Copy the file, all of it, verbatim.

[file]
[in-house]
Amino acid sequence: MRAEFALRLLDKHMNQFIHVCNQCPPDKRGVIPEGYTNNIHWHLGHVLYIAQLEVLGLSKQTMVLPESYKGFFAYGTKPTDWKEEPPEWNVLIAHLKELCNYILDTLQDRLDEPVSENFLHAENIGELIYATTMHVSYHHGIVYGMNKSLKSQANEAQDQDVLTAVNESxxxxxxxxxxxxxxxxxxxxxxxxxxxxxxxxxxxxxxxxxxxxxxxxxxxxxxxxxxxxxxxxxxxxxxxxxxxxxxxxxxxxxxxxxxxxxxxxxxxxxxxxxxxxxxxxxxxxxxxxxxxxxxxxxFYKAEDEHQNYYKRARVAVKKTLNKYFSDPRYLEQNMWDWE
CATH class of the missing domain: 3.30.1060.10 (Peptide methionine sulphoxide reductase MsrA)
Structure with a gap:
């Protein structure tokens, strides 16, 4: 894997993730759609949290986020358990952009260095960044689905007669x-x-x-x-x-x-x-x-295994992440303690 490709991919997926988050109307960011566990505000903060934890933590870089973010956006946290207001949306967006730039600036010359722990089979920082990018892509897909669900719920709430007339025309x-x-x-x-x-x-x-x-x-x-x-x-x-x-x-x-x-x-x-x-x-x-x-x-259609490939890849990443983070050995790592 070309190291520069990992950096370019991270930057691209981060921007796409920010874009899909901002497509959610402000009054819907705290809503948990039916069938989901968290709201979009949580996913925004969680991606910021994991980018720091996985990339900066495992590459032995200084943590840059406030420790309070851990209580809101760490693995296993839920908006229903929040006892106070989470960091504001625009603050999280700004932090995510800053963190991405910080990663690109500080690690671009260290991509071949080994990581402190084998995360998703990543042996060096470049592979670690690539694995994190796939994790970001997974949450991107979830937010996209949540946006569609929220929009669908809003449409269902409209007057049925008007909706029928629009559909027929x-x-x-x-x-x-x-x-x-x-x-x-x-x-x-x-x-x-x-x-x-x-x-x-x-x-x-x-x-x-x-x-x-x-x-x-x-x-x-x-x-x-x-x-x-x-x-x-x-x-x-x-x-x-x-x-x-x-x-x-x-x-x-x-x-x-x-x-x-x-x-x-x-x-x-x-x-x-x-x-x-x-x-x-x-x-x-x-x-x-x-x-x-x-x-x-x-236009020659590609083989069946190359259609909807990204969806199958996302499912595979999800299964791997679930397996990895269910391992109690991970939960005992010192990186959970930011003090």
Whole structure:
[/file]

[in-house]
Amino acid sequence: MRAEFALRLLDKHMNQFIHVCNQCPPDKRGVIPEGYTNNIHWHLGHVLYIAQLEVLGLSKQTMVLPESYKGFFAYGTKPTDWKEEPPEWNVLIAHLKELCNYILDTLQDRLDEPVSENFLHAENIGELIYATTMHVSYHHGIVYGMNKSLKSQANEAQDQDVLTAVNESxxxxxxxxxxxxxxxxxxxxxxxxxxxxxxxxxxxxxxxxxxxxxxxxxxxxxxxxxxxxxxxxxxxxxxxxxxxxxxxxxxxxxxxxxxxxxxxxxxxxxxxxxxxxxxxxxxxxxxxxxxxxxxxxxFYKAEDEHQNYYKRARVAVKKTLNKYFSDPRYLEQNMWDWE
CATH class of the missing domain: 3.30.1060.10 (Peptide methionine sulphoxide reductase MsrA)
Structure with a gap:
């Protein structure tokens, strides 16, 4: 894997993730759609949290986020358990952009260095960044689905007669x-x-x-x-x-x-x-x-295994992440303690 490709991919997926988050109307960011566990505000903060934890933590870089973010956006946290207001949306967006730039600036010359722990089979920082990018892509897909669900719920709430007339025309x-x-x-x-x-x-x-x-x-x-x-x-x-x-x-x-x-x-x-x-x-x-x-x-259609490939890849990443983070050995790592 070309190291520069990992950096370019991270930057691209981060921007796409920010874009899909901002497509959610402000009054819907705290809503948990039916069938989901968290709201979009949580996913925004969680991606910021994991980018720091996985990339900066495992590459032995200084943590840059406030420790309070851990209580809101760490693995296993839920908006229903929040006892106070989470960091504001625009603050999280700004932090995510800053963190991405910080990663690109500080690690671009260290991509071949080994990581402190084998995360998703990543042996060096470049592979670690690539694995994190796939994790970001997974949450991107979830937010996209949540946006569609929220929009669908809003449409269902409209007057049925008007909706029928629009559909027929x-x-x-x-x-x-x-x-x-x-x-x-x-x-x-x-x-x-x-x-x-x-x-x-x-x-x-x-x-x-x-x-x-x-x-x-x-x-x-x-x-x-x-x-x-x-x-x-x-x-x-x-x-x-x-x-x-x-x-x-x-x-x-x-x-x-x-x-x-x-x-x-x-x-x-x-x-x-x-x-x-x-x-x-x-x-x-x-x-x-x-x-x-x-x-x-x-236009020659590609083989069946190359259609909807990204969806199958996302499912595979999800299964791997679930397996990895269910391992109690991970939960005992010192990186959970930011003090």
Whole structure: